Professor Walter Block’s reductionist statements about the productivity of African Americans and women in the marketplace ignore critical factors and structural patterns of inequality. His flawed remarks are dangerous, fueling those with prejudices to confirm their biased views. We must recognize the reality of racism and sexism in our society, whose impact has had long-lasting consequences in the lives of African Americans and women.

The Diversity Committee encourages all members of the University to use this event as a catalyst to engage in meaningful dialogue that addresses these issues in a way that moves us closer to our Jesuit ideals.

Affirmative Action/Diversity Task Ted Quant Lydia Voigt Wing Fok Lisa Martin Al Alcazar James Hobbs Kurt Bindewald Artemis Preeshl Karen Reichard Anthony Decuir


IIIb. Block replies to committee

From: Walter Block To: AACTF Re: statement cc:;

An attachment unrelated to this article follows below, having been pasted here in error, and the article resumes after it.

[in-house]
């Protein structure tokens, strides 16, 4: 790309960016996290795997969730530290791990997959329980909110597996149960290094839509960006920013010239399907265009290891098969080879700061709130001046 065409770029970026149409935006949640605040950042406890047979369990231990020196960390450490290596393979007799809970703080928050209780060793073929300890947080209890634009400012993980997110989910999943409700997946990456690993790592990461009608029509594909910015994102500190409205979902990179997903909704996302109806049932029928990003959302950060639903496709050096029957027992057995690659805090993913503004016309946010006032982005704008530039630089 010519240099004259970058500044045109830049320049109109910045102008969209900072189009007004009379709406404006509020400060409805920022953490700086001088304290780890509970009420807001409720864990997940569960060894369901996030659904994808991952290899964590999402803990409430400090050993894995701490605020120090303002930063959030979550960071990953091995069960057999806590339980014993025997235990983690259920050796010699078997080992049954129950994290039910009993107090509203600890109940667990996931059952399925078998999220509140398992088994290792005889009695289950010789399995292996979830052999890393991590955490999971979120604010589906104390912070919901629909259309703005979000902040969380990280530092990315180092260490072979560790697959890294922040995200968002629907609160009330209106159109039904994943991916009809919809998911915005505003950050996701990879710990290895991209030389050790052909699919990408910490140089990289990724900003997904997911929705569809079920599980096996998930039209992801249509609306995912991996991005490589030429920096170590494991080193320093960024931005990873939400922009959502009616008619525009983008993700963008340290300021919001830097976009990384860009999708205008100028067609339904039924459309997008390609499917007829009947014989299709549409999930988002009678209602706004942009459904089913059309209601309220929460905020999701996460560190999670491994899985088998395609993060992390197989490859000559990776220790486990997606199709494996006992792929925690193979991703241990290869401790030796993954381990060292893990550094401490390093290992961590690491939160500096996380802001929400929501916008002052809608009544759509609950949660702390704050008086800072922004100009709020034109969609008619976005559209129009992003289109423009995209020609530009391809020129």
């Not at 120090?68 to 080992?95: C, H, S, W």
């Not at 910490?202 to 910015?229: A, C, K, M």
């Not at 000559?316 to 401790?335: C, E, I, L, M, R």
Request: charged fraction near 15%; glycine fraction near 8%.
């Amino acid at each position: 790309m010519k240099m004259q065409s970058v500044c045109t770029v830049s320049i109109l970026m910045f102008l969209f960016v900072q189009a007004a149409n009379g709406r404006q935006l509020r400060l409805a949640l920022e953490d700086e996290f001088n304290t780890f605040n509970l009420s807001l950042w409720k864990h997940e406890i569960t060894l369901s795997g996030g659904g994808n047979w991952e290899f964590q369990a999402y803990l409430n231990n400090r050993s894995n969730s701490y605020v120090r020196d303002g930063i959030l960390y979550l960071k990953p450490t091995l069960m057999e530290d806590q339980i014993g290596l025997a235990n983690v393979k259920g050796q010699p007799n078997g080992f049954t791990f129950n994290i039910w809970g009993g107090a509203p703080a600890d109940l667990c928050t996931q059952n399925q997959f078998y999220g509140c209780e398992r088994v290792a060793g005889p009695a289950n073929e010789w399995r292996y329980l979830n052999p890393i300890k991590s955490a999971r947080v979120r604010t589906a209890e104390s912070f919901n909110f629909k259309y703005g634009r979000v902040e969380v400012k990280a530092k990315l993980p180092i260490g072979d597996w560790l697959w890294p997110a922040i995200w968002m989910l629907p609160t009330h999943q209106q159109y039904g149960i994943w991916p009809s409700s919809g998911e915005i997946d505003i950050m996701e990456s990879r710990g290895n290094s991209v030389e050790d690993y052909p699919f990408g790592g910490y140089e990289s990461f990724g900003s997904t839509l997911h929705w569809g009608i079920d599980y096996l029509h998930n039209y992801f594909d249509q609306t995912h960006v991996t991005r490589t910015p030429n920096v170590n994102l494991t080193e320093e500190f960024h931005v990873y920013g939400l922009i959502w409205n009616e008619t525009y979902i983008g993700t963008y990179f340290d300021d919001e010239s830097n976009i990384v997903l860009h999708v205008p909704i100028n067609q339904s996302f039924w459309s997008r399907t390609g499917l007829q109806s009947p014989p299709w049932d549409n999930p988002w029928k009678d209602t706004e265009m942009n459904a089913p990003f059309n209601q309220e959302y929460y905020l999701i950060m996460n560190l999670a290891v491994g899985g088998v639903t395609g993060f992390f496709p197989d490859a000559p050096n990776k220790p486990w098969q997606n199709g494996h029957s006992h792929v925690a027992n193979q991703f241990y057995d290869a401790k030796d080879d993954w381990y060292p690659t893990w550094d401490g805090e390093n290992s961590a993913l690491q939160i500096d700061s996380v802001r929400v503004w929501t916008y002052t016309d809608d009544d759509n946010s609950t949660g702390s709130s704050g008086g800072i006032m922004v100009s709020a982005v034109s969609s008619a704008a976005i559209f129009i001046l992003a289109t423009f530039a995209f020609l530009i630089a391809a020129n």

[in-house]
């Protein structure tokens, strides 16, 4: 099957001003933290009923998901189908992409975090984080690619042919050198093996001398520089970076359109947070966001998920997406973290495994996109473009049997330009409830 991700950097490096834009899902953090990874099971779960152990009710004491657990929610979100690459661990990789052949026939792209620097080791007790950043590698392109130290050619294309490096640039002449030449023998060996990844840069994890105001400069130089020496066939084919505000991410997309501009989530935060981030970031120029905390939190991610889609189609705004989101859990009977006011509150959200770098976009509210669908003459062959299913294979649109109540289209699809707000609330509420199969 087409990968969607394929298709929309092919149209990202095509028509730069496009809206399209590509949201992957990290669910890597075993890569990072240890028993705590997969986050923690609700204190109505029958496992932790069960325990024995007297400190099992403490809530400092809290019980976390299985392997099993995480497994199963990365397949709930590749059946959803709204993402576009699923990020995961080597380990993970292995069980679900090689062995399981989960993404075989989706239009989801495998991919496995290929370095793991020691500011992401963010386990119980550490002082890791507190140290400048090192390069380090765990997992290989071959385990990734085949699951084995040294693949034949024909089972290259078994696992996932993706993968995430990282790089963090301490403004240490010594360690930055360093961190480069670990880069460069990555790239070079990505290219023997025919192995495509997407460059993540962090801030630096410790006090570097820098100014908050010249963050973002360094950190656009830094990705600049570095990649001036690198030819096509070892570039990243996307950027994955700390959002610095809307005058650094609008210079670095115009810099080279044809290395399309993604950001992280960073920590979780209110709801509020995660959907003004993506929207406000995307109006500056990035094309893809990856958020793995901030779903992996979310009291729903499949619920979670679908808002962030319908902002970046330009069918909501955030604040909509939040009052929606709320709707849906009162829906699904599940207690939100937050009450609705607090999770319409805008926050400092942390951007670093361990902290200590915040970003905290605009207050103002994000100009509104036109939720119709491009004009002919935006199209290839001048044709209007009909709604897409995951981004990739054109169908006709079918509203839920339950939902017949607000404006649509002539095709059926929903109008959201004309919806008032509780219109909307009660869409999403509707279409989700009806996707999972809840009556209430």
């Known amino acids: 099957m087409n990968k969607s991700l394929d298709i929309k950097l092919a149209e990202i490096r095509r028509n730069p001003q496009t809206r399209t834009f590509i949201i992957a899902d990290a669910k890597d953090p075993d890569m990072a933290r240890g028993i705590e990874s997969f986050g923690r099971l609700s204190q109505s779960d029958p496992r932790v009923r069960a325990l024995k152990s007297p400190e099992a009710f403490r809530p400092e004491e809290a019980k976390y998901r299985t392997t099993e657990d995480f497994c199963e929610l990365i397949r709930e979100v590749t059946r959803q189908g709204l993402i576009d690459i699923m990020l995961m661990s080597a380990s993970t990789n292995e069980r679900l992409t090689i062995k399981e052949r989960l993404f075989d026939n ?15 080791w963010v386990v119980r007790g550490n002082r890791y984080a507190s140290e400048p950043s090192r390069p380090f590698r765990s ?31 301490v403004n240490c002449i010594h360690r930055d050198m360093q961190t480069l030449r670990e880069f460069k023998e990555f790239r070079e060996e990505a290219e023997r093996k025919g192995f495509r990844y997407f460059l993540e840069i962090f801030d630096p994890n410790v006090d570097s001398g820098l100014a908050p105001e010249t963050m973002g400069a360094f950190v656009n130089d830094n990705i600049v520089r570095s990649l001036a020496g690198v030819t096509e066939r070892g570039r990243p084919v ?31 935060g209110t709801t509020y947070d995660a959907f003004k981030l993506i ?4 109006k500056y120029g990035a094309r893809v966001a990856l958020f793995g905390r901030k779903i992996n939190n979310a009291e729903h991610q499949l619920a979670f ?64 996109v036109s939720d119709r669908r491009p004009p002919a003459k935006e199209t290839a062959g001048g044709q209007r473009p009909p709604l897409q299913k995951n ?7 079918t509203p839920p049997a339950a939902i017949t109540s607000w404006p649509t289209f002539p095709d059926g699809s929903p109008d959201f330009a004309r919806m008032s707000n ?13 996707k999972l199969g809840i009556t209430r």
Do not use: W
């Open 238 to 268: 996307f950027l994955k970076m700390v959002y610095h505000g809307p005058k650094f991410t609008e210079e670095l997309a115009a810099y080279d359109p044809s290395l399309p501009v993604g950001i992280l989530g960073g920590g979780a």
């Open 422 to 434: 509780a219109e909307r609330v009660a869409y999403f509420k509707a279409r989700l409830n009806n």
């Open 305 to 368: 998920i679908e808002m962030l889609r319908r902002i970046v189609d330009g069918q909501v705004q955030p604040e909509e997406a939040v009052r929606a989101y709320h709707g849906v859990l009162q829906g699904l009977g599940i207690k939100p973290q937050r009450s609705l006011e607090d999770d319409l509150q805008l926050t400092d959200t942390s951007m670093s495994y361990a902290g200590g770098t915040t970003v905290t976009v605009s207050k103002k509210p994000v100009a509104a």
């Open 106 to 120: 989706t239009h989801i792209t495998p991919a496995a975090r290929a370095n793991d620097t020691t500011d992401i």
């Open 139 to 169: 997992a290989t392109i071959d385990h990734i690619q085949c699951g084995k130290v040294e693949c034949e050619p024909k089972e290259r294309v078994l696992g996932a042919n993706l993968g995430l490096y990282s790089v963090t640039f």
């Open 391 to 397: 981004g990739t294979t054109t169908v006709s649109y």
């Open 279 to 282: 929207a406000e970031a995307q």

I have several questions with regard to your "statement." I would very much appreciate an answer.

1. You accuse me of violating “our commitment to inclusion (of) women and African Americans, a majority of our community.” Is this charge based on anything I have written, published, spoken, or, it is based on what others have attributed to me? If the former, please provide me with EVIDENCE that substantiates this charge? If the latter, as I strongly suspect, given the first line of your "statement," please tell me, specifically, what Gill says that lead you to this conclusion

2. What is a "reductionist statement"? Can you please cite one or several of this sort that I have made? That is, offer the exact words I have written, published or spoken, that are offensive in this regard.

3. Which "critical factors and structural patterns of inequality" did I ignore? Please be specific. Did I ignore them in my many publications on this subject? Or, did Gill ignore them in his short op ed?

4. Which of my "remarks" are "flawed"? Are these "remarks" made by me or Gill? Please specify.

5. You speak of "meaningful dialogue." Would this by any chance include me? If so, I would be delighted. I have offered to debate these issues, for several years now, in public forums such as the one in which you delivered your "statement," but, so far at least, there have been no takers. Do you have anyone in mind?